Review: Just Look At You - Jamie Barnett

JustLookAtYou.jpgFor those of you who find CDs with not one, but two, duets between adults and kids well, not worth your time, please move on. You won't like this disk.

(Are they gone? Good.)

It's a risk, of course, anytime you let a younger child sing lead on an album, but on Just Look At You, the 2005 release from California-based schoolteacher and occasional musician Jamie Barnett, the payoff is more fulfilling than a chorus of KidzBoppers.

So is the album itself, a gentle mix of guitar-based folk and other styles with a warm lyrical content. On "The Sun Shines," Barnett duets with his niece Alyssa, and when he describes her as singing "bravely" in the liner notes, the description is apt -- it sounds just like your niece might sound like, and it fits perfectly. On the soft and funky blues "I Love Pancakes," Barnett is backed by a ragged kids' chorus, as he is on a few other tracks.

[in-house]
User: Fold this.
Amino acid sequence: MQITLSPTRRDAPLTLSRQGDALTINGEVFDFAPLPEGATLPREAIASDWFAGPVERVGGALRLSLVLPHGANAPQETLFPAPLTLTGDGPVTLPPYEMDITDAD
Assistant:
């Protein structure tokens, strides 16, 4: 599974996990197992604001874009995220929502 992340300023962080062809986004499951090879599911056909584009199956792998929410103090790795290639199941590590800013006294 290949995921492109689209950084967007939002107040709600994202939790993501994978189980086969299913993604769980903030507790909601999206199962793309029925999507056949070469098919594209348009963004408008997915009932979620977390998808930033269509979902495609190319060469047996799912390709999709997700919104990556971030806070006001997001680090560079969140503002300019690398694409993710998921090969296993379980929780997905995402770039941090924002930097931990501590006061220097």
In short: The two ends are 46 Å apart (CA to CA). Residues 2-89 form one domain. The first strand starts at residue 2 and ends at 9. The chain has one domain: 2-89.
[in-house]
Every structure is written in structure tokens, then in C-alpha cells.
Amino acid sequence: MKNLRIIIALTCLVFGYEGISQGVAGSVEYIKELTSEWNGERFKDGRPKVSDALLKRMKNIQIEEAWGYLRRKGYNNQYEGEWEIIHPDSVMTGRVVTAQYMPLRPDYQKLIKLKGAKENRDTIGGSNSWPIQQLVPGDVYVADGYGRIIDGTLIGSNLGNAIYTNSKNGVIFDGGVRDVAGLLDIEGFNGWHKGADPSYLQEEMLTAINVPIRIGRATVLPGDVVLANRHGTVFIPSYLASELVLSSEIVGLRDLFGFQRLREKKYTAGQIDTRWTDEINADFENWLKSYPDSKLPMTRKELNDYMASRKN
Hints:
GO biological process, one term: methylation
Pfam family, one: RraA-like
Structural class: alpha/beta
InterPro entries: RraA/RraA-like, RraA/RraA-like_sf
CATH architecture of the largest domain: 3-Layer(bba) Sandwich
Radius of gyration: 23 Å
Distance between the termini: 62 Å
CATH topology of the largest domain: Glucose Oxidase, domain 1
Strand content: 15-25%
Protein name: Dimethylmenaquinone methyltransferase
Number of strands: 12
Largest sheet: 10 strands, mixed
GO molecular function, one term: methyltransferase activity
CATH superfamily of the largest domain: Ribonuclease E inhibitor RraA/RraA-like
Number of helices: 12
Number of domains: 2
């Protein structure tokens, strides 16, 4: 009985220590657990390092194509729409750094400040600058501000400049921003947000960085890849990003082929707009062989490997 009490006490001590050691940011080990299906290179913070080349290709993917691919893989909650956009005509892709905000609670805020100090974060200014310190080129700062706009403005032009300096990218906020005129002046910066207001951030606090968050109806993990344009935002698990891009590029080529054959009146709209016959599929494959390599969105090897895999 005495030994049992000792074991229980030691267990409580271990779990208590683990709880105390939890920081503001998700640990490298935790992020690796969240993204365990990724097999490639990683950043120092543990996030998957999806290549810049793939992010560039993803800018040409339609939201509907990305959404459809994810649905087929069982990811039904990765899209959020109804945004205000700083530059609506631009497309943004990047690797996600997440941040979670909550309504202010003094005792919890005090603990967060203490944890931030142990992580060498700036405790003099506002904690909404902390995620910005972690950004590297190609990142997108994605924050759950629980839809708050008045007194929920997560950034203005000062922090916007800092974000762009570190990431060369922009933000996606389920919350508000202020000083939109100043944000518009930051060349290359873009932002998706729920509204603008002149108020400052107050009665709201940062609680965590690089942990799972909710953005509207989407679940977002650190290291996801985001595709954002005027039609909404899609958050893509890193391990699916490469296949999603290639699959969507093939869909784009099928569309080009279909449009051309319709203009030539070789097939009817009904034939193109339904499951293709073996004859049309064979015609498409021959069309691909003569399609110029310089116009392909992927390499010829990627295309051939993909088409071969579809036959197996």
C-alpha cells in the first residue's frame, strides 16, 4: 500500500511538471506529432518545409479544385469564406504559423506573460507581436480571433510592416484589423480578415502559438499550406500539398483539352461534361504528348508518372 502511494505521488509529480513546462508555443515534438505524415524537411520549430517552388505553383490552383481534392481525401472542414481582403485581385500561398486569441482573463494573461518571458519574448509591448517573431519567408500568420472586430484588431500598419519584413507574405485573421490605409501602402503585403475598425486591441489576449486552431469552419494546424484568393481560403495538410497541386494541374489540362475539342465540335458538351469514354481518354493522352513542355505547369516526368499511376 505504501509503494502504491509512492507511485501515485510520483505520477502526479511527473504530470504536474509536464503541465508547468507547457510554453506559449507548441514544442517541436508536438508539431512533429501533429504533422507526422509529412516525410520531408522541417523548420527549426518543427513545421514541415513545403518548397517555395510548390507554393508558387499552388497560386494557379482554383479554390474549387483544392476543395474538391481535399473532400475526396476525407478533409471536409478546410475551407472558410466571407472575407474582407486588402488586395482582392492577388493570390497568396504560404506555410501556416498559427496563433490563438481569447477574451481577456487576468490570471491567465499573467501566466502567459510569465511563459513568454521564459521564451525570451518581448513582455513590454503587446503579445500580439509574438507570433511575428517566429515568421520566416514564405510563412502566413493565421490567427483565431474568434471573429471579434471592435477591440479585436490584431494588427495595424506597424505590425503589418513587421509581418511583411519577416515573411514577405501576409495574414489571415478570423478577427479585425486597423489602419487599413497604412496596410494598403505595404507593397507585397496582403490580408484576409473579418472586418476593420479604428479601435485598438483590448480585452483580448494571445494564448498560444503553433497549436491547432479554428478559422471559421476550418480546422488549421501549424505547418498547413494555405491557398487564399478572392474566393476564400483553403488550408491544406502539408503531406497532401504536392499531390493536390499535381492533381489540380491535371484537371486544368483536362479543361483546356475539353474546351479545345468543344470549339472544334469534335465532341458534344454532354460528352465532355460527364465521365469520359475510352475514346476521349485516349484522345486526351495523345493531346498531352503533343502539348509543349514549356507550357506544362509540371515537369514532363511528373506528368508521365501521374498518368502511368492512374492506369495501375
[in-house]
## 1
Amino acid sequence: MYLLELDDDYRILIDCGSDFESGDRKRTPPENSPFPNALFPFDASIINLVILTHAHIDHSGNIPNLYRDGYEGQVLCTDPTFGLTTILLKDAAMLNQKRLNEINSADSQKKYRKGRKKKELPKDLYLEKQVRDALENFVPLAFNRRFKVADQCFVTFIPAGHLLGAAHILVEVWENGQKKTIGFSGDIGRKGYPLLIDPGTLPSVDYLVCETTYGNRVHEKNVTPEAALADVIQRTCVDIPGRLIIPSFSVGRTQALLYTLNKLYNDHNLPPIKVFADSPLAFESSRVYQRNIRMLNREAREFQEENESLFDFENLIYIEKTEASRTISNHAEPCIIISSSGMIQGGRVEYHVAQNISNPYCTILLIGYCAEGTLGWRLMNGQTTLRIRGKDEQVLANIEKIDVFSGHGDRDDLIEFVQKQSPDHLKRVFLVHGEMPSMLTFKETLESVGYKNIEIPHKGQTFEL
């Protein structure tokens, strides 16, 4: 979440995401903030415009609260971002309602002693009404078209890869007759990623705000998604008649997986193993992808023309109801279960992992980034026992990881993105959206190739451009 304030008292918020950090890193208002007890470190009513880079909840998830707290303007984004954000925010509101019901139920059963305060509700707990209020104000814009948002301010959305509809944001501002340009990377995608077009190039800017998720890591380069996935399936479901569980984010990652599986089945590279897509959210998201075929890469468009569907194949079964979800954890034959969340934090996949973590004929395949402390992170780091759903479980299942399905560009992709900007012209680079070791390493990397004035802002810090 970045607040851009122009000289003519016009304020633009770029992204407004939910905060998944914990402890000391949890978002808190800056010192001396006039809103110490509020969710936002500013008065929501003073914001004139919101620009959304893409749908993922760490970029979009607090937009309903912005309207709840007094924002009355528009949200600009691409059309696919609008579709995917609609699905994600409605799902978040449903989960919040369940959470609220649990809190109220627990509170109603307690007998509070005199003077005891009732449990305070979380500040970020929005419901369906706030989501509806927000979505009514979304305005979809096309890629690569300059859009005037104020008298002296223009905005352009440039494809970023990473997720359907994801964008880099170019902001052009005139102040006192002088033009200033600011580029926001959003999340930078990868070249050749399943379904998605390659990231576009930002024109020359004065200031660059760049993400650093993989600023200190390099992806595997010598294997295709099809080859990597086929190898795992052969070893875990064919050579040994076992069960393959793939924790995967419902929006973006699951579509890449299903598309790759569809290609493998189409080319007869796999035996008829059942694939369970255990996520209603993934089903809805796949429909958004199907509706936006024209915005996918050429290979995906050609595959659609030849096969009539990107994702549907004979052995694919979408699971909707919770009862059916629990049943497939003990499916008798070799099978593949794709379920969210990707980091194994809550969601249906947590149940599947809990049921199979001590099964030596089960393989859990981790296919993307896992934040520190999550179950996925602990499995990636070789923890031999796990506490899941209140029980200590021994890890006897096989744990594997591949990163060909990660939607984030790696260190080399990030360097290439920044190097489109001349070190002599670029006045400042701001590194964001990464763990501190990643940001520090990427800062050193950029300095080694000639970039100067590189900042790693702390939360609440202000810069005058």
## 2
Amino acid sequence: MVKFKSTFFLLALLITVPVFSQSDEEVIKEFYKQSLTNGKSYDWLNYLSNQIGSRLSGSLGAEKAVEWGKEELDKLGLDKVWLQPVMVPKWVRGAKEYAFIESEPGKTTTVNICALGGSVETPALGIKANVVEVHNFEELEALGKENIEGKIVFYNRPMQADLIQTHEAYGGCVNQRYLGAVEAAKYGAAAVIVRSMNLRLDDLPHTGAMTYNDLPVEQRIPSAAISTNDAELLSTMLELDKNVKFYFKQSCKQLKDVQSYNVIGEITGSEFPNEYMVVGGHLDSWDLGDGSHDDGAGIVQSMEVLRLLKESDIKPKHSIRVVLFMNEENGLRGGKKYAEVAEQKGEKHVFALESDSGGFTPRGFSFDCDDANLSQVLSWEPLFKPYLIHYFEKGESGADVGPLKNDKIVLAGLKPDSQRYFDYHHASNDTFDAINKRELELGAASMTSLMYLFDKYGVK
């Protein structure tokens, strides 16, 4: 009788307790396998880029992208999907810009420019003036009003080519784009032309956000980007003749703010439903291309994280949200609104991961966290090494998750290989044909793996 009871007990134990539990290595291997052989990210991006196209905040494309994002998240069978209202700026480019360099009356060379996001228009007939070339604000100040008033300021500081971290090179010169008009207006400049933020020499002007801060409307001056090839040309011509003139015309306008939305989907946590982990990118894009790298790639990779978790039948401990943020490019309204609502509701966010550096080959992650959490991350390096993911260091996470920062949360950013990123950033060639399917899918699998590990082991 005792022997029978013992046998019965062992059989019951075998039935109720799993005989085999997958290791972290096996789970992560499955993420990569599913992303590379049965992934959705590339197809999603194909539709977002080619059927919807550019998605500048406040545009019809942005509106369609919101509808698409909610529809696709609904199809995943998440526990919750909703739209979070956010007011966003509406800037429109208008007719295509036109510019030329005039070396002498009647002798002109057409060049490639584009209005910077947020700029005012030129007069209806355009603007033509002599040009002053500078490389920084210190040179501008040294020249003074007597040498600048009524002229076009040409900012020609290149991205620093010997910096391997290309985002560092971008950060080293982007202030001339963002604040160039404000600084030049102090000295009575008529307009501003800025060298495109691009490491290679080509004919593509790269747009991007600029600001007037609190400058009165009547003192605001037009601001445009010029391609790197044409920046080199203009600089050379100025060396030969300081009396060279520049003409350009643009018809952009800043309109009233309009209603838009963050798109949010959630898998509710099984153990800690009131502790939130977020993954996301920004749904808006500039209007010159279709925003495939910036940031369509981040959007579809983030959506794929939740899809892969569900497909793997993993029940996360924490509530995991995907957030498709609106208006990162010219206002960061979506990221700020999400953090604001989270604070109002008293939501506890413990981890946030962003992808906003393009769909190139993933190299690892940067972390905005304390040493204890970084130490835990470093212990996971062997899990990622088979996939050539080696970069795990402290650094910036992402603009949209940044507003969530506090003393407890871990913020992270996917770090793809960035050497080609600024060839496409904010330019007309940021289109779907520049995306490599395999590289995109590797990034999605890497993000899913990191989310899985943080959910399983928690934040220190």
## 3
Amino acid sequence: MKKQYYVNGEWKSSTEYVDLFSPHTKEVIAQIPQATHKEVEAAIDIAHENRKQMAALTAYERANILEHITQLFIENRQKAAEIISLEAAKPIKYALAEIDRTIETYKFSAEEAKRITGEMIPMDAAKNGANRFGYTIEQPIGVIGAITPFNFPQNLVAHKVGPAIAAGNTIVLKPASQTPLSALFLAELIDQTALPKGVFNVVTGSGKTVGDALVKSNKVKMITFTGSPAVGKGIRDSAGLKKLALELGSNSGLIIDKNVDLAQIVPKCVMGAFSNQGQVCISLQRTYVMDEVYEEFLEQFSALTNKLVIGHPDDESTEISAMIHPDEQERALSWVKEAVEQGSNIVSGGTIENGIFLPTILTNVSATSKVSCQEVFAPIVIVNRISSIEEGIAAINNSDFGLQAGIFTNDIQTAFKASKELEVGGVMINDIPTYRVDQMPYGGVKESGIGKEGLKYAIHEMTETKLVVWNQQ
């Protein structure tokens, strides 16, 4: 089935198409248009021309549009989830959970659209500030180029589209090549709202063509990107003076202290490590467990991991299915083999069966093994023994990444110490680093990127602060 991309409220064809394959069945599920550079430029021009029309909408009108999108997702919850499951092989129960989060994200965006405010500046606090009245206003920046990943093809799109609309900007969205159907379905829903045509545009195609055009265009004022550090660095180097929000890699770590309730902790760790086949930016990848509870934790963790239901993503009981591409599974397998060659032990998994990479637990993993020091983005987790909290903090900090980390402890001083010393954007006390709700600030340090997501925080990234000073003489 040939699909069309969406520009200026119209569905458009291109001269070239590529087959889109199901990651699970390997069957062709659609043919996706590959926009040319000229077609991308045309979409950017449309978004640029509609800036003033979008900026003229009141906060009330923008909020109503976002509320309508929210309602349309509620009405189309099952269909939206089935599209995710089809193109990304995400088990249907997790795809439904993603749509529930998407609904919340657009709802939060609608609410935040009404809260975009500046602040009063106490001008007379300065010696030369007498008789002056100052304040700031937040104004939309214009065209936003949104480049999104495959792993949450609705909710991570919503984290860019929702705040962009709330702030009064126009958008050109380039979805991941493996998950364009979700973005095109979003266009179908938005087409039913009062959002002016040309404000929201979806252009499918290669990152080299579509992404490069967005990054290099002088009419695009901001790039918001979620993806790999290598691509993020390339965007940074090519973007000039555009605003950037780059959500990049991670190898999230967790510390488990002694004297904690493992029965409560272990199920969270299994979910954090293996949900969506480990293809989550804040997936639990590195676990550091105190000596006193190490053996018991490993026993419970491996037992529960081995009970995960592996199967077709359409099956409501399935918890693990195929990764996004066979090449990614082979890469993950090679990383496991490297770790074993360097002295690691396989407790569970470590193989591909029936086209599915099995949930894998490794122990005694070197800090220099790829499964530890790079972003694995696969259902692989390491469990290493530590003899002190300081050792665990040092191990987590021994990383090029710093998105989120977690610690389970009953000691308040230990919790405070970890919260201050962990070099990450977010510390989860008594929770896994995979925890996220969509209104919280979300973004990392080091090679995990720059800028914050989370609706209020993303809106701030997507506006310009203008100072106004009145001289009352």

Which isn't to say Barnett is entirely dependent on the younger voices -- perhaps the best track is "Goldilocks," a retelling of the fairy tale that is remiscent in both the tone and the vocals of John Prine's "Jesus - The Missing Years":

"She’s not a bad person but I’m telling you / My friend Goldilocks she does things she shouldn’t do / She walks into people’s houses but she doesn’t really care / That she doesn’t even know the people who are living there"

Add to that the retelling of the Montgomery bus boycott ("381 Days"), which is given just enough lyricism ("When Rosa Parks sat down / The people around / Did not even know what they saw / What they were looking at then / Was the beginning of the end / Of a hateful unjust law") and a singalong chorus to lift it above most history lessons set to music, and the entire album is suffused with warmth.

I think kids ages 3 through 8 are most likely to appreciate the 31-minute album, though its mostly gentle nature may make it appropriate for quiet time for even younger ones. You can hear samples of all the tracks here.

Just Look At You is a quietly powerful album, which shows, among other things, how courage can come from taking a stand or just singing along. For a change of pace from brighter, shinier pop, Barnett's album is an excellent choice. Recommended.